Myeloma

Relationship between elevated immunoglobulin free light chain and the presence of IgH translocations in multiple myeloma

Abstract

Elevated immunoglobulin free light chain (FLC) level and abnormal FLC ratio are commonly seen in multiple myeloma (MM) and have prognostic implications. We hypothesized that presence of immunoglobin heavy chain (IgH) translocations leads to unbalanced production of light chains and more extreme abnormalities of FLC, and may explain the prognostic value of FLC. We studied 314 patients with newly diagnosed MM enrolled in a phase III trial, in whom results of fluorescence in situ hybridization testing and data on serum FLC levels were available. Cytogenetic analyses and FLC estimates were performed on stored samples and results were correlated with clinical data. The median ratio (FLC ratio) and the absolute difference (FLC diff) between the involved and uninvolved FLC were higher among those with IgH translocations, especially t(14;16). In multivariate analysis, the prognostic value of FLC estimates on progression-free and overall survival were independent of high-risk IgH translocations t(4;14) and t(14;16). A combination of the risk factors; either abnormal FLC estimate and/or the presence of high-risk IgH translocation, achieved better prognostic stratification. We conclude that patients with IgH translocations have higher FLC levels and abnormal ratios, but the prognostic effect of FLC is only partially explained by translocation status. A system including both these risk factors allows better prediction of outcome.

Introduction

The monoclonal protein secreted by clonal plasma cells in multiple myeloma typically is made up of an intact immunoglobulin consisting of heavy chains, most commonly immunoglobulin (Ig)G or IgA, bound to a κ- or λ-light chain.1, 2 Normal plasma cells produce mostly intact immunoglobulins with relatively little excess free light chain. The majority of myeloma cells produces an intact immunoglobulin along with a relative excess of free light chains with an intact immunoglobulin, whereas a minority (15–20%) secretes only a light chain with no identifiable heavy chain; a condition termed as light chain myeloma.3 However, in the majority of patients with a heavy chain, varying amounts of free light chain is present in the serum, unbound to a heavy chain. The free light chain (FLC) assay allows a nephelometric measurement of this free κ- and λ-light chains that circulate as monomers or dimers, not bound to the immunoglobulin heavy chain.4, 5, 6 The estimation of free light chain levels and their ratio has utility in screening, prognostication and treatment response assessment in nearly all the monoclonal plasma cell disorders, including multiple myeloma, smoldering myeloma, monoclonal gammopathy of undetermined significance, plasmacytomas and light chain amyloidosis.7, 8, 9, 10, 11, 12, 13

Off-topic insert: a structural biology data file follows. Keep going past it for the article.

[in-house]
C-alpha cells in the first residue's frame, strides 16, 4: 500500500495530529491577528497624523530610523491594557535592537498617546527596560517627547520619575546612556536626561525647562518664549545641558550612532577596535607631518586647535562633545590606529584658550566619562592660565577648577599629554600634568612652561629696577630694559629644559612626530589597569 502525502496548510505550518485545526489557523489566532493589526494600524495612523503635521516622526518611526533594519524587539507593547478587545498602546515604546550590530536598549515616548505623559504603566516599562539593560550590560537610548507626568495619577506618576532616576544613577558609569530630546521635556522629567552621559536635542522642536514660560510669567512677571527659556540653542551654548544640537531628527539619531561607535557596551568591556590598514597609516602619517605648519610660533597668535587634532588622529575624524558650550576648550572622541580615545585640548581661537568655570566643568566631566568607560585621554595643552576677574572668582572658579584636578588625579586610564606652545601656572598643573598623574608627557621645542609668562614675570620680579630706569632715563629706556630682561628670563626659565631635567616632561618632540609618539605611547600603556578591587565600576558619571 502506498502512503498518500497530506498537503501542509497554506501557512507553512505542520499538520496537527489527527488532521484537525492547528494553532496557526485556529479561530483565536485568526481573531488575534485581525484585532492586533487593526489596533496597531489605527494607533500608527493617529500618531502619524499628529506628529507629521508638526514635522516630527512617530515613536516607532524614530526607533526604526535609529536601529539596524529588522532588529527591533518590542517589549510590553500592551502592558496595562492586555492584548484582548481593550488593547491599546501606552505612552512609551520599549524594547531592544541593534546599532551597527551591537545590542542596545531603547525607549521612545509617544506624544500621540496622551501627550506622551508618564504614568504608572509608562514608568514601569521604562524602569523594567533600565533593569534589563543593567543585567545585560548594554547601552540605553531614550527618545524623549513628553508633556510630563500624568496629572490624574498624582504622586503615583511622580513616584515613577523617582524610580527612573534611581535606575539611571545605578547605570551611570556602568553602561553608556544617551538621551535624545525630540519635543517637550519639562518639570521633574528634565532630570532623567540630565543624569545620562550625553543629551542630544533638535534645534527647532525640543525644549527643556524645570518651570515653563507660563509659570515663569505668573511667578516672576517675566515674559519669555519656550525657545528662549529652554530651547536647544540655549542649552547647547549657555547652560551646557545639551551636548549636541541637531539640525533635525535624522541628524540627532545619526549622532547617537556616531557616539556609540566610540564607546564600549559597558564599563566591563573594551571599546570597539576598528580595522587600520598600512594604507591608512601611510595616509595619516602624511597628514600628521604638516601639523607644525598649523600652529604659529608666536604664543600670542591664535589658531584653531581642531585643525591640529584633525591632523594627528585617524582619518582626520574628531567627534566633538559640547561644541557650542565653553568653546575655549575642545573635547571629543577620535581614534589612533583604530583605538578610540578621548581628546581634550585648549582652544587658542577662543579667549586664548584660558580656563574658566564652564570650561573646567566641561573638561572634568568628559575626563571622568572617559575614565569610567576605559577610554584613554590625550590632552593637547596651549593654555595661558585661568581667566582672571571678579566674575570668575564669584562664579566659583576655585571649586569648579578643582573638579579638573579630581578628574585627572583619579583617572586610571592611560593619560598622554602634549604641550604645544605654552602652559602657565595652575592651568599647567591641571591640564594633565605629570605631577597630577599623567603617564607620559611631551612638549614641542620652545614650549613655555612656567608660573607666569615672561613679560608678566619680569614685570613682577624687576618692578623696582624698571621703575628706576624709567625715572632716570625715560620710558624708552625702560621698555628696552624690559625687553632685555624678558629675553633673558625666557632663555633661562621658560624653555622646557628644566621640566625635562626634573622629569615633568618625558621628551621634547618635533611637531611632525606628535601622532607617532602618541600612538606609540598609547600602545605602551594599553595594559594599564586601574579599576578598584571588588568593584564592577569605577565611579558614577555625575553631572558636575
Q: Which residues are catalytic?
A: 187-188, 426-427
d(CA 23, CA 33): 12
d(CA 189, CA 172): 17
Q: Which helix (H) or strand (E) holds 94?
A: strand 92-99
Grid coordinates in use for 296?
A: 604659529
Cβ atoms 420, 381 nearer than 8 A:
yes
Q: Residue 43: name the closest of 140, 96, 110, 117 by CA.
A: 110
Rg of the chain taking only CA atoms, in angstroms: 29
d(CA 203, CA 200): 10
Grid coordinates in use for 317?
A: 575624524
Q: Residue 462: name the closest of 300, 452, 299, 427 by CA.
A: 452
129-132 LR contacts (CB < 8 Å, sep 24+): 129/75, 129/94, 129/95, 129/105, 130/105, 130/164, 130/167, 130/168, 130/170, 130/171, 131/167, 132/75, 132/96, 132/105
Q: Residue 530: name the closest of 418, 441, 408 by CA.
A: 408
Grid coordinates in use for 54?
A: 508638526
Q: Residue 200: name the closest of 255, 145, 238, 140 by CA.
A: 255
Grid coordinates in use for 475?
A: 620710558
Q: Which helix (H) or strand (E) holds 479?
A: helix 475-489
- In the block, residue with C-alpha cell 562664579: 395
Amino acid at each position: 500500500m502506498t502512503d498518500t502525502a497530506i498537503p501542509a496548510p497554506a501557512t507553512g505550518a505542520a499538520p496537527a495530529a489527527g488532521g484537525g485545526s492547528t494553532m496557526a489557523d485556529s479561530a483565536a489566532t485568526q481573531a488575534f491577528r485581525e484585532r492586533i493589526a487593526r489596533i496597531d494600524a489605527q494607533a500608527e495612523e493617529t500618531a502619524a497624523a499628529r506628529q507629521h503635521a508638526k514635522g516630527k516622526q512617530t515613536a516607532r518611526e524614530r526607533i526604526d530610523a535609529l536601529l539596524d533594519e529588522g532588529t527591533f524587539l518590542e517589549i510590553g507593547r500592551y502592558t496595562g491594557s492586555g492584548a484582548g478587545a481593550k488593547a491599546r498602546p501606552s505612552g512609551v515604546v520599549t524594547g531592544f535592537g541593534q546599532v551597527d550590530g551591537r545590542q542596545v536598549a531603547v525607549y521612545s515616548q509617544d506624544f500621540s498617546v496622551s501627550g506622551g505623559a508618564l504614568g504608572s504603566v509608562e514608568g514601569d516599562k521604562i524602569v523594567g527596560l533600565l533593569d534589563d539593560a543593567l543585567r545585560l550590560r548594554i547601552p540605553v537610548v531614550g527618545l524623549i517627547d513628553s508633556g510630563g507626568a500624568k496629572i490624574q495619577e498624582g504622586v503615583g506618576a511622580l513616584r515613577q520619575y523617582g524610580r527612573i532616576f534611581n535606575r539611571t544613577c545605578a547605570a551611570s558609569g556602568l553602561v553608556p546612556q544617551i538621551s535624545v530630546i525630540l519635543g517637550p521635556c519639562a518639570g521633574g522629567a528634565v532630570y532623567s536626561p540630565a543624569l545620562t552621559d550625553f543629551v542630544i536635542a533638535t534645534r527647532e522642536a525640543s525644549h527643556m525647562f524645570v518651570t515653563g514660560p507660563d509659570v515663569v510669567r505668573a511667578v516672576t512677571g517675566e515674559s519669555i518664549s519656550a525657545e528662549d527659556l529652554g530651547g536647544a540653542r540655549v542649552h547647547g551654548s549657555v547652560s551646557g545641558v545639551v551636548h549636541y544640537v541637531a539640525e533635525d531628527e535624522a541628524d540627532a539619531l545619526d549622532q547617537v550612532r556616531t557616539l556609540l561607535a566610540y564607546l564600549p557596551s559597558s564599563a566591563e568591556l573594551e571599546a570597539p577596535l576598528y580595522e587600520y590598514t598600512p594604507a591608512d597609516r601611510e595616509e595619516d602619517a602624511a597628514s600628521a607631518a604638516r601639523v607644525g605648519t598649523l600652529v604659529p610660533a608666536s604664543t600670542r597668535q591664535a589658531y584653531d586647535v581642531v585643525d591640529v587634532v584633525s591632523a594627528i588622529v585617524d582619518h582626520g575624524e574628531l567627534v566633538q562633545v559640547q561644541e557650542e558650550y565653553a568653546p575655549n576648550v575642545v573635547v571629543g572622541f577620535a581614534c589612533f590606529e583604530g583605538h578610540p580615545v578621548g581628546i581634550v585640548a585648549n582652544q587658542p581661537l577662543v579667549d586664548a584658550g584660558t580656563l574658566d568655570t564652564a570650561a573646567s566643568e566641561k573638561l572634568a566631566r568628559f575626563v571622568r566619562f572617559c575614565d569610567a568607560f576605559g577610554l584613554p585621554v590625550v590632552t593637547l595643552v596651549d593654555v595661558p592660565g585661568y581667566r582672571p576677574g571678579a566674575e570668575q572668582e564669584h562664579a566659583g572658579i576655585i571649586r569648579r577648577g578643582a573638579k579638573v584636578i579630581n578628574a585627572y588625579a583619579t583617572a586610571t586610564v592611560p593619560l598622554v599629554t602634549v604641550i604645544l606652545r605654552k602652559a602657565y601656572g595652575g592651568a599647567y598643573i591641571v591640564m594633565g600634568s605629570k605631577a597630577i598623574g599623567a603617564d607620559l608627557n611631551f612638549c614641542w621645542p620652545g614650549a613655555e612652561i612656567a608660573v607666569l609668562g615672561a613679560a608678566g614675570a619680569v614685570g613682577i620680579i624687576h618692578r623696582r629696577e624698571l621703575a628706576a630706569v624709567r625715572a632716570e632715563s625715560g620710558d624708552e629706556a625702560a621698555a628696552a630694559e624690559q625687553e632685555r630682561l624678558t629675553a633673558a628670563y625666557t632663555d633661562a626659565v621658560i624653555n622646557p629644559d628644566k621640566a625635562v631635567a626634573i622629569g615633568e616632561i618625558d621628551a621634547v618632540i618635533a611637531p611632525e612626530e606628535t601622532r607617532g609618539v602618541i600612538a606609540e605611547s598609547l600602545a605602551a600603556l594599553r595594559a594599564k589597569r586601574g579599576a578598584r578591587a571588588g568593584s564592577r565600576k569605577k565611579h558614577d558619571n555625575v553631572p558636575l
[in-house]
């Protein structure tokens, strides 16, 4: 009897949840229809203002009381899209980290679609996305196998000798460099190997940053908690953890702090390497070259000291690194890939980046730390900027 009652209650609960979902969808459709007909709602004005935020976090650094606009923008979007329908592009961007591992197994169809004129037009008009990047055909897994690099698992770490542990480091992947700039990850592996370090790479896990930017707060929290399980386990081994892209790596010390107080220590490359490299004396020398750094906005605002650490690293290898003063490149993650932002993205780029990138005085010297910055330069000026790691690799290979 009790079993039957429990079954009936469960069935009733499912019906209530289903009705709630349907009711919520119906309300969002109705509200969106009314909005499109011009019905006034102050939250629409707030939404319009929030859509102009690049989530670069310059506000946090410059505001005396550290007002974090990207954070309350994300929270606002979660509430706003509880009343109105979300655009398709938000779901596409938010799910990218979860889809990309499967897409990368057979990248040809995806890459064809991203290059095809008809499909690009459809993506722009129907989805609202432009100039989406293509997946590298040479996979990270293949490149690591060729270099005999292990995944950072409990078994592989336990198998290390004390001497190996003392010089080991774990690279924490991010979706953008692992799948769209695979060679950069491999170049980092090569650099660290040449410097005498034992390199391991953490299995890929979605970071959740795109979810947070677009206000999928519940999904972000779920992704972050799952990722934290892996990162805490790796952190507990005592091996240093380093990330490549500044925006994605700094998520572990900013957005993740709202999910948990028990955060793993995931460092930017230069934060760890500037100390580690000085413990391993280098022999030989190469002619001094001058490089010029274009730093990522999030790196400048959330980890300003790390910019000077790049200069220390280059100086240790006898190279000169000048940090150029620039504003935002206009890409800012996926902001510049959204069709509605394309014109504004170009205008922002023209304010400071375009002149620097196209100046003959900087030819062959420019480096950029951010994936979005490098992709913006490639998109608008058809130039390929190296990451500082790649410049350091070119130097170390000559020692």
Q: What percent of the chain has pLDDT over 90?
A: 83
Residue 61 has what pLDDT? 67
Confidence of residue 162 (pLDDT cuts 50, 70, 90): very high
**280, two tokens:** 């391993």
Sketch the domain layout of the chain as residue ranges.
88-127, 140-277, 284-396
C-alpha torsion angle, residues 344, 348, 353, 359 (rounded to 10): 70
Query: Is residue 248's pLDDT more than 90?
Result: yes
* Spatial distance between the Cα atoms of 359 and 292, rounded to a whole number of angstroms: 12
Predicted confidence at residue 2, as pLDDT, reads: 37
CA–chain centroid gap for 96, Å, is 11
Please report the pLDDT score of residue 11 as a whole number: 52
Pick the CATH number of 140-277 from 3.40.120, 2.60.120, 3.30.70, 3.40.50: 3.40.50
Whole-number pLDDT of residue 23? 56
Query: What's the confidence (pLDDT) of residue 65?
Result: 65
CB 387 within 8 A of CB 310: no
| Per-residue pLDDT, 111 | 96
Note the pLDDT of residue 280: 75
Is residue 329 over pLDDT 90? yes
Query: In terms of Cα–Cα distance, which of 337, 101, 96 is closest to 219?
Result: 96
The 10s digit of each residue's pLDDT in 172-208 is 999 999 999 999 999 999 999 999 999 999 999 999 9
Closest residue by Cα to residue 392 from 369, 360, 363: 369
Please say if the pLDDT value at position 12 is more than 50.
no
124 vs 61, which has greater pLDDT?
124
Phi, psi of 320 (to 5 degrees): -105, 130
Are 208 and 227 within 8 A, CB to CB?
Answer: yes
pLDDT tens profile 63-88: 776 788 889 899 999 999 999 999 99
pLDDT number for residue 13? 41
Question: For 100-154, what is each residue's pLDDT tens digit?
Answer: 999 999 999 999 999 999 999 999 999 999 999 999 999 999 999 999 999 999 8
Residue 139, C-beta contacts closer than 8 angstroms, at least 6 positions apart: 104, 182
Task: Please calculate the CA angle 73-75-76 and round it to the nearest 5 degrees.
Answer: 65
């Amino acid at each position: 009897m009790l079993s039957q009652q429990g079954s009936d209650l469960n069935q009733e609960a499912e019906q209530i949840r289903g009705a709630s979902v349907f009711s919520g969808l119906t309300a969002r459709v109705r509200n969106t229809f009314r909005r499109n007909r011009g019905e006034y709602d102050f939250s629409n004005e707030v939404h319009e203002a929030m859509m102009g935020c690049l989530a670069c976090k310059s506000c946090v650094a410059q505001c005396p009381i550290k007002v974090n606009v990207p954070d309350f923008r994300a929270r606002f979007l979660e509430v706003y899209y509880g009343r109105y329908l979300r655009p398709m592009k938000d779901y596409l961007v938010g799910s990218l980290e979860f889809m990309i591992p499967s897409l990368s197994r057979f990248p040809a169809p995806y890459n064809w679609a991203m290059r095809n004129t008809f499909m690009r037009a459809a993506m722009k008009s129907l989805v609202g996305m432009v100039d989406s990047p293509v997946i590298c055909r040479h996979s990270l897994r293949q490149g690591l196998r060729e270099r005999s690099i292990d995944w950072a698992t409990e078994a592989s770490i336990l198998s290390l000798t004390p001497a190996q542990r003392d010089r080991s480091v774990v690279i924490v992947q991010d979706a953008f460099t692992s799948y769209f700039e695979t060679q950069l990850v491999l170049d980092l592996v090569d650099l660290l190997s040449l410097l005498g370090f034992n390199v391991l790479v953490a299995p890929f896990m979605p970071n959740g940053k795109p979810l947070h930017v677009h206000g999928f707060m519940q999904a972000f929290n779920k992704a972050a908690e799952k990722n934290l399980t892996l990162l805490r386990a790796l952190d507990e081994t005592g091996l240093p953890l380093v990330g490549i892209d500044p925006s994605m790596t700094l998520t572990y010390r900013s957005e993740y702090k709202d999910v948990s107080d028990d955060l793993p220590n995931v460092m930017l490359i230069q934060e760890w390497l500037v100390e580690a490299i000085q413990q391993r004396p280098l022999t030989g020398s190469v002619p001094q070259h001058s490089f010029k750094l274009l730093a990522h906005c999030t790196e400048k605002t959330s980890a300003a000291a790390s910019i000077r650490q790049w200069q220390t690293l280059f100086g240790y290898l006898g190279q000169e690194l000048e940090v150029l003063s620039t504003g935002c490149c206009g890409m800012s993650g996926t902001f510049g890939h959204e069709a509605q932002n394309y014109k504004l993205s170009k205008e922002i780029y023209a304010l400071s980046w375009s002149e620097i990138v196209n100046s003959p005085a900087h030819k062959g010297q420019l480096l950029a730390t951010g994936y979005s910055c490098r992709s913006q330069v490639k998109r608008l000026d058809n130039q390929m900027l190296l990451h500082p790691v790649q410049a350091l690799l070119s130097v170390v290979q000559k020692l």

Translocations involving the immunoglobulin heavy chain (IgH) locus on chromosome 14 can be detected using fluorescence in situ hybridization (FISH) in over half of the patients with myeloma.14, 15, 16 The five recurrent translocations with identifiable partner chromosomes include t(11;14), t(4;14), t(14;16), t(6;14) and t(14;20), which lead to dysregulation of specific genes that are thought to have a role in the pathogenesis of myeloma and its manifestations.17 The presence of certain IgH translocations, such as t(4;14) and t(14;16), has been shown to be associated with a poor outcome in patients with myeloma.14, 18, 19, 20 During B cell maturation and plasma cell development the IgH chain region undergoes switch recombination events, leading to a class switch and formation of IgG or IgA instead of an IgM. Previous studies in patient cells and human myeloma cell lines have suggested that the absence of a functional rearrangement in at least one of the IgH alleles is the basis of light chain myeloma.21, 22 In these studies, presence of a heavy chain was associated with a functional recombination in one of the IgH loci with the other allele often being involved in a translocation. Given these, we hypothesized that the presence of an IgH translocation may be associated with compromised production of heavy chains and lead to unbalanced, excess production of clonal light chains. In addition, we wanted to examine whether the prognostic value of abnormal FLC ratio in myeloma can be explained by the presence of associated genetic abnormalities.